Goals for Referendum Still Unclear

Members of the A.S. Council, representatives from the five colleges, the co-ops, club sports and interested students and graduates met Friday for a third discussion on the formation of a committee for next year’s fee referendum.

The meeting was held with the knowledge of Vice Chancellor of Student Affairs Joseph Watson’s decision to place a freeze on his proposed 10 percent cut to all student services to fund the Price Center expansion.

According to A.S. Commissioner of Services and Enterprises Colin Parent, Watson made this decision to allow the students one year to pass a referendum to finance the Price Center expansion. He said this allows the students flexibility in forming a referendum.

“”We as students have the administration by the balls right now,”” Parent said. “”I don’t want to see student services getting cut to fund a Price Center expansion and better Division II sports teams.””

A new referendum committee was already being considered prior to Watson’s decision.

“”A lot of our campaigning against the referendum [this year] was with the idea that another referendum would be proposed,”” said Sam Meister, a representative from the Che Cafe.

The meeting ran from 3:30 p.m. to 5:30 p.m. in the International Center conference room.

“”The goal in mind is getting a lot of people into this referendum,”” said Kris Bohling of the Student Co-ops and the Graduate Student Association. “”People in general don’t want to have their fees raised.””

One of the main goals of those in attendance was to figure out what they wanted to accomplish.

“”We need to figure out what we want to do before we head out in all directions,”” said Thurgood Marshall College Student Council Chair Adam Sharki. “”I feel like I don’t know what everyone sitting at this table wants.””

The discussion then went around the room to give everyone a chance to express their desires.

“”The reason I’m here is to try to facilitate something where people are really listening,”” said A.S. Vice President Internal Jenn Brown. “”I’m here to make sure everyone’s voice is heard.””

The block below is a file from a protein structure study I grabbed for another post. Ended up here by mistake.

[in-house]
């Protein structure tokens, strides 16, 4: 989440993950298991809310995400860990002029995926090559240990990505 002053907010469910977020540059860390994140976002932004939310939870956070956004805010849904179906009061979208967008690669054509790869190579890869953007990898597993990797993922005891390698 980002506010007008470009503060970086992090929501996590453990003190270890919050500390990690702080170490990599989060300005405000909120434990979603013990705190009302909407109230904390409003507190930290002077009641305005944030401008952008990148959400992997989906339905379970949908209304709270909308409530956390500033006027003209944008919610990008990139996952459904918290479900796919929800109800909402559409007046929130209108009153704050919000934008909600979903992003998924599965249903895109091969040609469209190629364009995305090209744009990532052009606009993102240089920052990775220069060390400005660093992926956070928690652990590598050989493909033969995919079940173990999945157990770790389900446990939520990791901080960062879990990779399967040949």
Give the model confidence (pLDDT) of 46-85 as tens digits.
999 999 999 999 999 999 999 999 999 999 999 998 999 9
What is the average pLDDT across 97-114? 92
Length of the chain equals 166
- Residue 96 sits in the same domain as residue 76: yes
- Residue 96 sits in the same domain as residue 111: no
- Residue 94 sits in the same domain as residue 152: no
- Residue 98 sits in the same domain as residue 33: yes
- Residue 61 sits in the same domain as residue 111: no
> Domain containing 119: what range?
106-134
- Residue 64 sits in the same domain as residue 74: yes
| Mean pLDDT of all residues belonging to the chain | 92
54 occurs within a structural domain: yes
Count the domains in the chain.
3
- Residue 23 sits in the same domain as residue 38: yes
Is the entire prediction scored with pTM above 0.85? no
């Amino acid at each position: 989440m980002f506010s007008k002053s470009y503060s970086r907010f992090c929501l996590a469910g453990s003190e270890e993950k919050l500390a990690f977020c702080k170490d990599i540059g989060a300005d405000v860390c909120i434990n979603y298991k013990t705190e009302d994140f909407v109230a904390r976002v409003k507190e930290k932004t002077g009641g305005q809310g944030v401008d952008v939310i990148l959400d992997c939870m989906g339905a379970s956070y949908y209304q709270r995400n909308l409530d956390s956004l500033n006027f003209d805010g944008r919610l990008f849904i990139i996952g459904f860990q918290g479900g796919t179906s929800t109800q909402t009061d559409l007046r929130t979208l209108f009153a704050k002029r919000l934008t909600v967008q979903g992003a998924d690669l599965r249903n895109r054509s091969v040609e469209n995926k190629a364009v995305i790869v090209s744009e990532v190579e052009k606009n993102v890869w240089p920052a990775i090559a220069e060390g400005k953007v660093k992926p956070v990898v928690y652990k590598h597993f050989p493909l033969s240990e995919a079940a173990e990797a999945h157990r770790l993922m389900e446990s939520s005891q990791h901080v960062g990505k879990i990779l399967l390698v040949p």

The meeting was intended as a forum for ideas on how to form the committee for the new referendum.

“”Setting up a committee is probably the best idea, as long as the committee is committed,”” said Muir Sophomore Senator Matt Barge.

The debate hinged on the size and organization of the proposed committee.

“”I don’t see 400 students as a very effective committee,”” said A.S. President Jeff Dodge. “”I feel that a representative committee should be set up.””

Revelle College Council Chair Mark Stickel emphasized that open meetings are necessary to maximize student input.

Peter Butcher of club sports elaborated on the idea, suggesting regular “”town hall”” meetings to inform the UCSD community of the committee’s progress.

Surveying students to find out what they want on the referendum was also discussed as an idea.

Dodge proposed that the new referendum be a line-item vote in which students vote to approve each specific allocation within the referendum. The idea was well-received but not overtly discussed by those in attendance.

Sharki expressed his belief that the administration should be included in the process, though not as voting members of the committee.

“”As much as we love to hate them, and as much as they’re just bastards, if we let someone like Watson into the process and let them have input, we won’t run the risk of them shooting it down,”” Sharki said. “”As long as they know what’s going on, they’ll probably have less of a problem with it.””

The issue of publicizing the meetings for next year was a major concern. A lack of funding prevented publicity this year.

The students at the meeting decided that it would be in UCSD’s best interest to delay the formation of the committee until the fall.

“”Let’s not make this rushed,”” said Eleanor Roosevelt College Council Chair David Goodwin. “”We can take our time. We can inform others about it.””

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